Comparatively, the lowest budgets on the top 40 ranged include Romania at $5.2 billion, Denmark at $5.5 billion, and Chile at $5.6 billion. They each account for just 0.2% of the world’s military budgets in 2022, and of course there are many countries with even smaller spends.
Largest Military Budget Increases in 2022
Russia’s position as the third-largest military spender is a recent development, as the country’s military spend had a 9% increase between 2021 and 2022, according to SIPRI estimates.
On the other side of Russia’s invasion, Ukraine was the top 40 military budget with the largest annual increase in 2022, surging nearly six and a half times above its 2021 expenditures.
|🇸🇦 Saudi Arabia||16%||+3|
|🇰🇷 South Korea||-2.5%||+1|
Ukraine’s dramatic increase represents the highest single-year jump ever recorded by SIPRI, painting a vivid before-and-after picture of a nation engaged in conflict.
Although no other country comes close in matching Ukraine’s surge in defense spending, Qatar saw a substantial increase of 27% over the last year, marking a continuing trend over the last decade of significantly bolstering its military.
Additionally, Saudi Arabia, along with four European nations (Belgium, the Netherlands, Sweden, and Poland), have registered year-over-year changes of over 10%.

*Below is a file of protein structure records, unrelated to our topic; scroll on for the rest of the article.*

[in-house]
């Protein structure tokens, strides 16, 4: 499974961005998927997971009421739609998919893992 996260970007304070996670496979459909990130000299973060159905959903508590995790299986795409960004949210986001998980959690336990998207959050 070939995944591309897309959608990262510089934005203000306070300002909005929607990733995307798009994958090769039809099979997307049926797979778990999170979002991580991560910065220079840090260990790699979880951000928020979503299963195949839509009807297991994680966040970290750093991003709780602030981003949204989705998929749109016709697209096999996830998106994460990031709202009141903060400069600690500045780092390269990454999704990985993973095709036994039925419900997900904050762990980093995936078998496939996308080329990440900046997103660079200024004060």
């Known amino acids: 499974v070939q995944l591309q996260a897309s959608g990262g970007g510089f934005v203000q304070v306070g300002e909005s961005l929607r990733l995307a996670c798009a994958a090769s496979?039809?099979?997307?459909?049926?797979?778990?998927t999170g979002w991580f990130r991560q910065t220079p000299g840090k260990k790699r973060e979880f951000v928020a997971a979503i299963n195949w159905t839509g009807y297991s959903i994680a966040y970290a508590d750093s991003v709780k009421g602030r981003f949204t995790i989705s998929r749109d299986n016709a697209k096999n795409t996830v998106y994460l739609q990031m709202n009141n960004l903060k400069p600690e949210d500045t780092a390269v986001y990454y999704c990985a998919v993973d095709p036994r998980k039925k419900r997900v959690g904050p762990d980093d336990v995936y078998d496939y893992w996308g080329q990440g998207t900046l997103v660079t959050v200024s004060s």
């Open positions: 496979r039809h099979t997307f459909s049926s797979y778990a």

On the flipside, 13 of the nations with the largest military budgets decreased spend from 2021, including top 15 spenders such as South Korea, Italy, and Israel.
The largest drop was seen by Türkiye, with an estimated 26% reduction in military budget. This drop may be linked to Türkiye’s inflation problem, which saw prices rise 72.3% in 2022—effectively decreasing the purchasing power of their currency in relative terms to other nations.
The Specter of War in Europe
With an ongoing conflict in the region and large financial powerhouses, its no surprise that eight of the top 10 countries with the most significant increases in military spending are located in Europe.
Consequently, European military budgets have reached levels not witnessed since the end of the Cold War.
And amid escalating geopolitical concerns, countries in Asia such as India, Japan, and China have also ramped up their defense spending. This is an indication of simmering global flashpoints such as India and China’s border skirmishes, the longstanding South China Sea territorial conflict, and concerns surrounding Taiwan’s sovereignty.